How the US Government Chose to Ruin the James Webb Space Telescope, and Blamed NASA
|10:17:39 PM, Thursday, September 08, 2011|
""A man can fail many times, but he isn't a failure until he begins to blame somebody else." -John Burroughs
The greatest tool for astronomers of the past 20 years has, without a doubt, been the Hubble Space Telescope.
Since its launch in 1990, it's no stretch to say more scientific knowledge has come out of this telescope than out of any instrument in history. It's taught us what the expansion rate of the Universe is, that the expansion is accelerating, has helped us understand how stars are born, directly imaged the first planets outside of our Solar System, and discovered thousands of supernovae from objects many billions of light years away, among many other things.
And, oh yes, it's taken glorious images of the most distant galaxies ever seen, as this image below shows.
This is just one tenth of the image known as the Hubble Ultra-Deep Field, taken over the equivalent of twelve days of pointing this ultra-powerful telescope at a blank area of the sky. Over 10,000 new galaxies were imaged in that image alone, which covers just one-thirtieth of a square degree. It's no exaggeration to say that Hubble has changed our view of the Universe.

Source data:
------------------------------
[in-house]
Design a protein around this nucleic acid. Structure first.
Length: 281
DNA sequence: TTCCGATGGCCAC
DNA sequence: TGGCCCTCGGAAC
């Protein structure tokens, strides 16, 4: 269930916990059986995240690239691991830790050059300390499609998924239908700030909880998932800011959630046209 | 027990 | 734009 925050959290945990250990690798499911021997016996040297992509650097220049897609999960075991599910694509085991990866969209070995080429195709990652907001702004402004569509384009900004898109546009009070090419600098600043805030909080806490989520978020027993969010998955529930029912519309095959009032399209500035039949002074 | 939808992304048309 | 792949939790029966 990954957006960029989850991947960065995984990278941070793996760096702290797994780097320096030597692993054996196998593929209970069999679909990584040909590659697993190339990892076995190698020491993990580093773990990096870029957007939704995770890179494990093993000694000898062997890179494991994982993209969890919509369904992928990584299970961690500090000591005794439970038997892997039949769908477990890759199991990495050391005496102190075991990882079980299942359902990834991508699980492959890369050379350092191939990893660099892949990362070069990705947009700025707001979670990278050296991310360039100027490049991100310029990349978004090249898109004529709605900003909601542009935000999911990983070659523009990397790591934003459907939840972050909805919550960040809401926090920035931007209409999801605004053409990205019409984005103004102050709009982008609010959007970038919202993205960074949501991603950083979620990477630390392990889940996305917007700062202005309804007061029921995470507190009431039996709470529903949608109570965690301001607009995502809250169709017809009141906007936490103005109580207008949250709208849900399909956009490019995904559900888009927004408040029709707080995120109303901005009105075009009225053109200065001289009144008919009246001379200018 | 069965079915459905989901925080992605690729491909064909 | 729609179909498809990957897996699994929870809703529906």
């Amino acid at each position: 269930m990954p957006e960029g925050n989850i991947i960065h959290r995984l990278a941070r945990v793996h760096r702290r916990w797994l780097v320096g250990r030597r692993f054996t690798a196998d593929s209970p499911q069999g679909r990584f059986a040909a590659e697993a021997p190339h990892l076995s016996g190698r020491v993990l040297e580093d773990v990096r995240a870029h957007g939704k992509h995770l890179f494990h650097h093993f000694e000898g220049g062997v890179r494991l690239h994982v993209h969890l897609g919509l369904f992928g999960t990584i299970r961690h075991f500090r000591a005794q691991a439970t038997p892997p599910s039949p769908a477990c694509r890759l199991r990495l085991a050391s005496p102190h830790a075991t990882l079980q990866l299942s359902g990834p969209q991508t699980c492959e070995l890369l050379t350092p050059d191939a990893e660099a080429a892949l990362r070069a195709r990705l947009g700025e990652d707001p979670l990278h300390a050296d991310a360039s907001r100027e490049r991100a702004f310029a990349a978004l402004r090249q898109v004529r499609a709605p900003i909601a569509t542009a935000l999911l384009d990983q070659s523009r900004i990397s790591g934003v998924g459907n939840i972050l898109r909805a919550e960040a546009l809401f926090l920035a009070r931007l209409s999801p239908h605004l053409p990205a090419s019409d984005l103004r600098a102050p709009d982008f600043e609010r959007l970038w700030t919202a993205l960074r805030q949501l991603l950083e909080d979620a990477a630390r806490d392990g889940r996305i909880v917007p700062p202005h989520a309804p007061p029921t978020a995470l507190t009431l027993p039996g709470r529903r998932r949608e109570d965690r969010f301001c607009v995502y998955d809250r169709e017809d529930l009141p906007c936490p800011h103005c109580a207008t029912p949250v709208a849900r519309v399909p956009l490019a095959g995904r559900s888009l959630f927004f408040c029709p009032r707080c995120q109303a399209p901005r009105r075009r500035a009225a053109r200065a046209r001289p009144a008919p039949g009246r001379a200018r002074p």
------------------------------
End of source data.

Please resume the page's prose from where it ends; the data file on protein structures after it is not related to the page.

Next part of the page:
But Hubble isn't the end of astronomy and astrophysics; there's a whole lot more Universe out there simply begging to be understood. How did the first stars form? What do the earliest galaxies look like? When did the first galaxy clusters show up? And, needless to say, so much more. To get there, we need a significantly larger telescope, in space, capable of viewing wavelengths of light far longer than the ones Hubble is sensitive to. And that's just what the James Webb Space Telescope (JWST) -- with seven times Hubble's light-gathering power -- promises to be..."